Soccer Mentality that Makes or Breaks

By Michael Shanks

How do you develop and maintain a soccer mentality that leads to success? How do you get in that zone where you’re just playing soccer and not really even thinking? How to you play soccer while under pressure at the highest level? And usually that pressure is put on yourself, and not from the outside. Don’t forget the joy of soccer and why you play the game. Let’s learn more about the soccer mentality.

The ideal soccer player would completely separate himself from his egotistical self and personality, and simply push his body to its utmost limits.

Achieving such a goal will never be possible for us to achieve, so people train and strive for achieving a state very close to that ideal.

Interestingly, robot engineers and scientists claim that robots will be able to ‘’’beat’’’ the world cup champions by the year 2050. Personally, I find such a claim to be very scary and daunting: the day when robots beat humans in our most cherished art form (see art form).

However, we will never be robots, so we can only hope to train our minds to act strikingly like one (while not sacrificing our creativity), in the effort to put 100% of our focus into the game, and the game alone. When we distance ourselves from our personal thoughts, we can focus our entire mind on the task at hand.

Doing so is often times referred to as being in “the zone”. One enters a state of Zen-like meditation in which mood, distraction and other stressors simply have no place in the consciousness. You are free to execute soccer skills just as you have trained to execute them.

Like I mentioned, when I began playing soccer with players at new levels of soccer skill that I had not previously seen, I played being very conscious of my every action. I had a fear of failing, and a fear of making the wrong decision, which debilitated me in many ways. One can’t play well if you’re worried about messing up.

Essentially, what it boiled down to was being self-conscious on the soccer field. I lost my edge, because every movement was thought out within the analytical brain, as opposed to the instinctual and reflexive brain that I have trained over the years. I also did not take chances on the field, causing me to play very conservatively.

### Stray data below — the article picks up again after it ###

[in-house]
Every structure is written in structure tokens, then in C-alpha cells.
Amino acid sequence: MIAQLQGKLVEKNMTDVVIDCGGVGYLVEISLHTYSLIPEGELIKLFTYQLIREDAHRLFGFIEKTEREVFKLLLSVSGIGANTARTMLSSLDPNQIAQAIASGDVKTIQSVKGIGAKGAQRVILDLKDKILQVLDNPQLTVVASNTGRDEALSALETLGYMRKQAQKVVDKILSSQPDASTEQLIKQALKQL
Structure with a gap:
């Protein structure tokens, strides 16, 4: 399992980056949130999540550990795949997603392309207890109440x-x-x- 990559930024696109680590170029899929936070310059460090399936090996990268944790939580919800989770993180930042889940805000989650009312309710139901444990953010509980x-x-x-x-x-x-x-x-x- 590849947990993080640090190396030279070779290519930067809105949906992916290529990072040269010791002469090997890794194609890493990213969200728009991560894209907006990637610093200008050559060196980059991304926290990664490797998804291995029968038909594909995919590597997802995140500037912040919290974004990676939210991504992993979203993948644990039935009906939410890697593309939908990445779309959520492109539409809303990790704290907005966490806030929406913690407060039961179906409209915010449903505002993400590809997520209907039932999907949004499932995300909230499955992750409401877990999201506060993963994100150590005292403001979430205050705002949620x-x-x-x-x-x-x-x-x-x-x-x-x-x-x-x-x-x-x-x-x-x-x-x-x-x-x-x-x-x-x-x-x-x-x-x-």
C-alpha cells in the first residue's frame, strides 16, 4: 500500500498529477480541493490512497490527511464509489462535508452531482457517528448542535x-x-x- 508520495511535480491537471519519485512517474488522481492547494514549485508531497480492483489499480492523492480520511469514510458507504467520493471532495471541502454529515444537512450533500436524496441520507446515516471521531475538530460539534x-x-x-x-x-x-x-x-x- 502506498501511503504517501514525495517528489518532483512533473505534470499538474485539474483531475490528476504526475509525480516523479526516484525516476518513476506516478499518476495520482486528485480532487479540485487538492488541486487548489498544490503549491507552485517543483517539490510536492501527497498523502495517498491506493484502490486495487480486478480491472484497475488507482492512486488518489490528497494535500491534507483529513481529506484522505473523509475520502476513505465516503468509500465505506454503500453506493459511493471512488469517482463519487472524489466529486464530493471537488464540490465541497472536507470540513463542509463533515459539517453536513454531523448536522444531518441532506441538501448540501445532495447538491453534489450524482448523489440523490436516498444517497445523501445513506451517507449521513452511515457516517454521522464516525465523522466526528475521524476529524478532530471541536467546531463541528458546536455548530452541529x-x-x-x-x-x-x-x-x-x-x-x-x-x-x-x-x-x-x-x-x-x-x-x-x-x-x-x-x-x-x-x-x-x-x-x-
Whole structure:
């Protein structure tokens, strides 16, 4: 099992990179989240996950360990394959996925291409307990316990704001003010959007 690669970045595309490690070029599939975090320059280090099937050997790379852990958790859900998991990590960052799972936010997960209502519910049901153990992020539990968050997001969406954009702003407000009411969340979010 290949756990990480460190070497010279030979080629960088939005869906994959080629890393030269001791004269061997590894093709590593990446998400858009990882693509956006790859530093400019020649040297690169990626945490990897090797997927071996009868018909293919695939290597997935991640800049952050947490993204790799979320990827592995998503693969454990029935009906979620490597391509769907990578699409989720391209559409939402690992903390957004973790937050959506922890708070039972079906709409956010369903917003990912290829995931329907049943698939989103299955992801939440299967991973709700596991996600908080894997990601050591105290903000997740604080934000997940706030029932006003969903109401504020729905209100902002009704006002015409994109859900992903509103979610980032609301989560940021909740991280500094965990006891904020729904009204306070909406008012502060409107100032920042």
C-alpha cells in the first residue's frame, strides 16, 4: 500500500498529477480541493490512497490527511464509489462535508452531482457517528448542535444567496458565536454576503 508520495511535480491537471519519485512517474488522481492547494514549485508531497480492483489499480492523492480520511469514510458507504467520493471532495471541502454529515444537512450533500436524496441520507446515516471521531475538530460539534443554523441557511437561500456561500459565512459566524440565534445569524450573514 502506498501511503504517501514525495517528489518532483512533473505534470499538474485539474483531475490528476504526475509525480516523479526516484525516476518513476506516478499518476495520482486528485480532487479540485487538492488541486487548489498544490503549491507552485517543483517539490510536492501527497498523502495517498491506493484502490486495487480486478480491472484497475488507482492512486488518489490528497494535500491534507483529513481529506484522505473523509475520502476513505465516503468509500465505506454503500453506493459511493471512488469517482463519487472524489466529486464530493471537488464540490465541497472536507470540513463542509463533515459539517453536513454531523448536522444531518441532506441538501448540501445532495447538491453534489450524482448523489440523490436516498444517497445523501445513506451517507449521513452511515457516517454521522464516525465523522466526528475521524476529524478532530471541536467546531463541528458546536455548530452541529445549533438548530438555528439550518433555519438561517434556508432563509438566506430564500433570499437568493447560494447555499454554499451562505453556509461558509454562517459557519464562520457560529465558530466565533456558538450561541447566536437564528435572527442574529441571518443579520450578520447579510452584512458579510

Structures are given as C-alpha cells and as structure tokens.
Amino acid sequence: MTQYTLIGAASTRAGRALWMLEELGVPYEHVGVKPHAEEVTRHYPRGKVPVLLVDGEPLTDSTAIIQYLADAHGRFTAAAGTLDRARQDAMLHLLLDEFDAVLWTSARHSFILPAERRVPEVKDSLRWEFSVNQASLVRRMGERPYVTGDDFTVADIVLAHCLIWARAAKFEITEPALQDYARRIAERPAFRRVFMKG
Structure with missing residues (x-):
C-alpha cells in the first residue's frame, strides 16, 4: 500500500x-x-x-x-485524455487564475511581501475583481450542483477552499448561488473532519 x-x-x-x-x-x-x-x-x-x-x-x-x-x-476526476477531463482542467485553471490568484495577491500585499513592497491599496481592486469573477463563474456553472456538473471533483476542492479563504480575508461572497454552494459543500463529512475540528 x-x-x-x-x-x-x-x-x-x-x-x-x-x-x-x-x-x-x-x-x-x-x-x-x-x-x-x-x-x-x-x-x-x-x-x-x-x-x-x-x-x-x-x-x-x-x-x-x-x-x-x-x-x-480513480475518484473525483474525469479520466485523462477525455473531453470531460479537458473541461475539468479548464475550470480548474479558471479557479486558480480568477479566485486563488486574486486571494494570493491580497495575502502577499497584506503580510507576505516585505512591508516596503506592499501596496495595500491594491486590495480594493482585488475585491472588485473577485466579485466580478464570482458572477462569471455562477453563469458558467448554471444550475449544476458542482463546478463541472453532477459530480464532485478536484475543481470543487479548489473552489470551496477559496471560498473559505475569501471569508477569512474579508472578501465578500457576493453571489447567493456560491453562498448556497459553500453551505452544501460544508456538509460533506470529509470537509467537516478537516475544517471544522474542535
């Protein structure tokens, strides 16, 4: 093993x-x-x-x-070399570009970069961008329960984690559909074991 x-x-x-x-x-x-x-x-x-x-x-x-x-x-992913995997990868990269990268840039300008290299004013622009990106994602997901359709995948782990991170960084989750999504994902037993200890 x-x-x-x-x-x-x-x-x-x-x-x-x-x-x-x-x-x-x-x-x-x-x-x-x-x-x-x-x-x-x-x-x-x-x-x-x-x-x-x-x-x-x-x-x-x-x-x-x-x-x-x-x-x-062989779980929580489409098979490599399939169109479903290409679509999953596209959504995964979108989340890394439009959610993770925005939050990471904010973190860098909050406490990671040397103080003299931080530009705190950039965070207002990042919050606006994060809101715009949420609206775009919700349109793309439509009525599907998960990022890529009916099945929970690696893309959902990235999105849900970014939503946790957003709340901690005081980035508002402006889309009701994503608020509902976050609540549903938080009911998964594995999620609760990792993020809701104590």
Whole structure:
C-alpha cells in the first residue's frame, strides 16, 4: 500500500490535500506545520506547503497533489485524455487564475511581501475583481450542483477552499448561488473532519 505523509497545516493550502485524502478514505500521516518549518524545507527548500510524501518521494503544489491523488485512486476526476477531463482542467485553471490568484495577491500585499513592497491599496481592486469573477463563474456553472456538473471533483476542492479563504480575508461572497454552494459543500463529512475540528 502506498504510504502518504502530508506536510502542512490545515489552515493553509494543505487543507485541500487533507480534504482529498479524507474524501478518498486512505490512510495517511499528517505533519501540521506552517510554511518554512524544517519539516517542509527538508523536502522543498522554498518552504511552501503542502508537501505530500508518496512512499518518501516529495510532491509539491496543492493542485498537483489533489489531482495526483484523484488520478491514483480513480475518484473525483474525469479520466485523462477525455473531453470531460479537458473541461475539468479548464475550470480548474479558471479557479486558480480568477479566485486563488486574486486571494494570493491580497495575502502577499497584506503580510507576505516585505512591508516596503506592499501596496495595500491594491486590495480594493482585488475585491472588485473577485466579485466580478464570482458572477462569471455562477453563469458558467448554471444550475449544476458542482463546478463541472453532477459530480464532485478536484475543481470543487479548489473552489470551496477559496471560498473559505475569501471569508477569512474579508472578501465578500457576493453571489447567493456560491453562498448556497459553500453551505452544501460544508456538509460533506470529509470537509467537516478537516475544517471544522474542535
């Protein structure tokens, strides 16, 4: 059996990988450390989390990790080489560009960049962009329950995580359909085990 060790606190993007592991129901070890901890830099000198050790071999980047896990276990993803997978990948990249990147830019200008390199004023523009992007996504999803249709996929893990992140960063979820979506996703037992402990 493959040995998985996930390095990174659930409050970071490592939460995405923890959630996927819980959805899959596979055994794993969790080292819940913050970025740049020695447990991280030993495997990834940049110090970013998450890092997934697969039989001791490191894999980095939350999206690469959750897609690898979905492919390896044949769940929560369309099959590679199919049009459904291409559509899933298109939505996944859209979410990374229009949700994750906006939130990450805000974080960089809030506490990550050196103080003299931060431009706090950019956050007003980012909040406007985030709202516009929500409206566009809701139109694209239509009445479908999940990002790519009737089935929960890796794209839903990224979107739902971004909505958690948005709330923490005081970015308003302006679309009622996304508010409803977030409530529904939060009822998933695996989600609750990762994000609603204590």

How do you find “the zone”, and how to train as a soccer player to reach it. Start with positive thinking: Negative thoughts can get in the way of concentration and confidence. Mantras such as “Don’t miss this shot” or “Don’t lose the ball” may only cause you to do the exact thing you were trying to avoid.

Instead, remind yourself that you can do it. Repeat positive phrases to yourself as you play. If you make an error, consider it a simple reminder that your focus is off. Concentrate on what you’re doing right and the changes you can make to improve your performance on the soccer field.

Extra: For soccer coaches, it’s interesting that when you put rules in place during practice, say you can only use two touches, it can constrict how the player plays when the rules are removed – the players are always thinking about playing two touch soccer and not using one more touch and mess up. So while it crucial to get your players to play one and two touch soccer, there’s a balance somewhere there where you don’t want your players to be afraid to make a mistake. It’s something to consider, implement rules but also make sure your players are comfortable making errors.

Keep Great Body Language

Training the mind is one of the most important things in football (soccer) and is often neglected. Dan Abrahams give us 5 tips to train our minds to improve our all round game.

This might seem too simplistic, how keeping your head up and having good body language can help you play better soccer, but it’s a good step in the right direction overall. The central idea is to maintain confidence in yourself and know that even if you make a mistake you don’t lose faith in your skills and soccer ability and continue to work hard and make up for any mistakes you’ve made.

Read more about the beautiful game at the pages below: